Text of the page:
Reddy V, Sivakumar B. Magnesium-dependent vitamin-D-resistant rickets. Lancet. 1974 May 18;1(7864):963-5.

What does that mean? How can one treat rickets with Mg? Remember, these children took a total of 6 million units, that’s a total of 6,000,000 IU of vitamin D over ten days (it was given as injections so we know the children actually took it), thus they had plenty of vitamin D but, in their cases, the vitamin D needed Mg to work.

In 1976, Dr. Ramon Medalle and colleagues at the Washington University School of Medicine described five patients with Mg deficiency and low blood calcium whose calcium blood levels would not return to normal after Vitamin D treatment, a condition known as Vitamin D resistance. However, serum calcium promptly returned to normal in all five patients after treatment with Mg, raising the possibility that such Vitamin D resistance may be caused from simple, but severe, Mg deficiency.

Medalle R, Waterhouse C, Hahn TJ. Vitamin D resistance in magnesium deficiency. Am J Clin Nutr. 1976 Aug;29(8):854-8.

What is not known is how mild to moderate Mg deficiencies, like most Americans apparently have, affect Vitamin D metabolism. The safe thing to do is to eat green leafy vegetables and a handful of sunflower seeds every day (trader Joe’s sells a variety of seeds). If you can’t, won’t, or don’t end up doing that, then take a Vitamin D supplement with added Mg. Bio Tech Pharmacal now sells such a supplement, Vitamin D3 Plus, and will make a contribution of one dollar to the Council for every bottle sold. Bio Tech’s phone number: (479) 443-9148

Bio Tech’s new Vitamin D3 Plus formula also contains zinc (the base of the fingers of the Vitamin D Receptor each contains a zinc molecule), Vitamin K2 (Vitamin K helps direct Vitamin D to calcify the proper organs and prevents calcification of improper organs), boron (boron is involved in the rapid, non-genomic action of Vitamin D on the cell wall), a small amount of genestein (about one-half the amount the average Japanese consumes every day), which helps activated Vitamin D stay around longer at the receptor site, and a tiny amount of Vitamin A. Again, the wisest thing to do is to eat green leafy vegetables and a handful of seeds every day as that combination contains the co-factors Vitamin D needs, the co-factors many Americans are deficient in.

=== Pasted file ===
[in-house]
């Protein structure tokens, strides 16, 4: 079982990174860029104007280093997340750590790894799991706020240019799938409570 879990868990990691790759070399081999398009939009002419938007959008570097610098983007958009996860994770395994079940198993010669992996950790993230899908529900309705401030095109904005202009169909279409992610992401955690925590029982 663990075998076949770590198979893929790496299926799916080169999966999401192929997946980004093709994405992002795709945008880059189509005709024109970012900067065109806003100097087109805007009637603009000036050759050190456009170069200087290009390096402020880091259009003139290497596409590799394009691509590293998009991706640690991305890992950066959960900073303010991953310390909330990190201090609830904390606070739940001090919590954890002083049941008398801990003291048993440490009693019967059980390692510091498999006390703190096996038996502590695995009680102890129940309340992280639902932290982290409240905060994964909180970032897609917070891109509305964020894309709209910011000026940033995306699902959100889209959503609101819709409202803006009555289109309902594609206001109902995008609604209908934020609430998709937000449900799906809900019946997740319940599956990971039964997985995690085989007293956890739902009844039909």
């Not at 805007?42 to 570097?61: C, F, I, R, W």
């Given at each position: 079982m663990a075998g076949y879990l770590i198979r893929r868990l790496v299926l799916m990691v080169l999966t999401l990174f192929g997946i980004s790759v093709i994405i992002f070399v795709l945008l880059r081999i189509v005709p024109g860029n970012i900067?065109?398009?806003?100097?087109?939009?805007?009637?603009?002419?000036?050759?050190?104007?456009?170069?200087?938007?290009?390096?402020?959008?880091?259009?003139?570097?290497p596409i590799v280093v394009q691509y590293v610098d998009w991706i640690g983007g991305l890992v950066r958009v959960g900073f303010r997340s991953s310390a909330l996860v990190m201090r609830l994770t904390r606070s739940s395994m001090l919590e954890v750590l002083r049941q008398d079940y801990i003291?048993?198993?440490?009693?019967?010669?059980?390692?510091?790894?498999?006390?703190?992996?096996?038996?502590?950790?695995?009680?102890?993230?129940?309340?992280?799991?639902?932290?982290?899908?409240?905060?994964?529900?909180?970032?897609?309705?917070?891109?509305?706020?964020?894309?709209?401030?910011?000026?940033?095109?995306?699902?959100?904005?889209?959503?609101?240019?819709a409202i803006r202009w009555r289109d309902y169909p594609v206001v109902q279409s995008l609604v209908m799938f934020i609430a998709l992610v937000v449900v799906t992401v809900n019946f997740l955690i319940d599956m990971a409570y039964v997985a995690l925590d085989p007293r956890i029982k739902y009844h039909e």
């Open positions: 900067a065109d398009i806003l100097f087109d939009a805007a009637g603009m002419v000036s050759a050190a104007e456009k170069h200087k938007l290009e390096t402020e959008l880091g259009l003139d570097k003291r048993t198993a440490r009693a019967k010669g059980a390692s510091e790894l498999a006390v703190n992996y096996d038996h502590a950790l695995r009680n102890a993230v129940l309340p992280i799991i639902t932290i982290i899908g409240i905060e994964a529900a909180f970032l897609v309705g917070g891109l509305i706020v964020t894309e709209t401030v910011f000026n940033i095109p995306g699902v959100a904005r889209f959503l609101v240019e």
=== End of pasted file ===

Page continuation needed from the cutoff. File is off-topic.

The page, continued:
John Cannell, MD
Vitamin D Council

If you are interested in learning more about magnesium then Dr Davis of the Heartscanblog has written several blogs on the topic.

Krispin has some interesting points to make in her Magnesium Update

Dr BG AnimalPharm has also done a blog on magnesium

Mrs Doubtfire at Neurotalk also has sound advice on magnesium supplements.

I started using Magnesium Malate as suggested by Dr McCleary Brain Trust Program.
I've also tried the more expensive Magnesium Chelate If you decide to use either of these and haven't used Iherb before don't forget the $5 discount code WAB666 and when you get your rewards code please be generous with it. The more people who use it the more discounts will accrue to your next order. Maintaining a safe vitamin D magnesium status is a long term investment in your health so you will be needing to keep this up.


TedHutchinson said...


Magnesium Malate

Magnesium Glycinate Albion Chelate
If you use code WAB666 these are the cheapest sources I have found including postal cost to the UK.

If you know a cheaper source, including shipping cost, then please feel free to post a direct link.

Anonymous said...

I have observed the effect of increasing vitamin D in someone who is Magnesium deficient.

The symptoms in this case were hypercalcaemia. Frequent urination, dry throat, and forgetfulness. Supplementing Magnesium (1g) resolved the problem in about a day.

The extra calcium cannot be fully utilised in the absence of Magnesium. I should mention Vitamin K2 here, than activates the proteins that Vitamin D produces and ensures the calcium goes where it is needed, and not into the artery walls and tear ducts.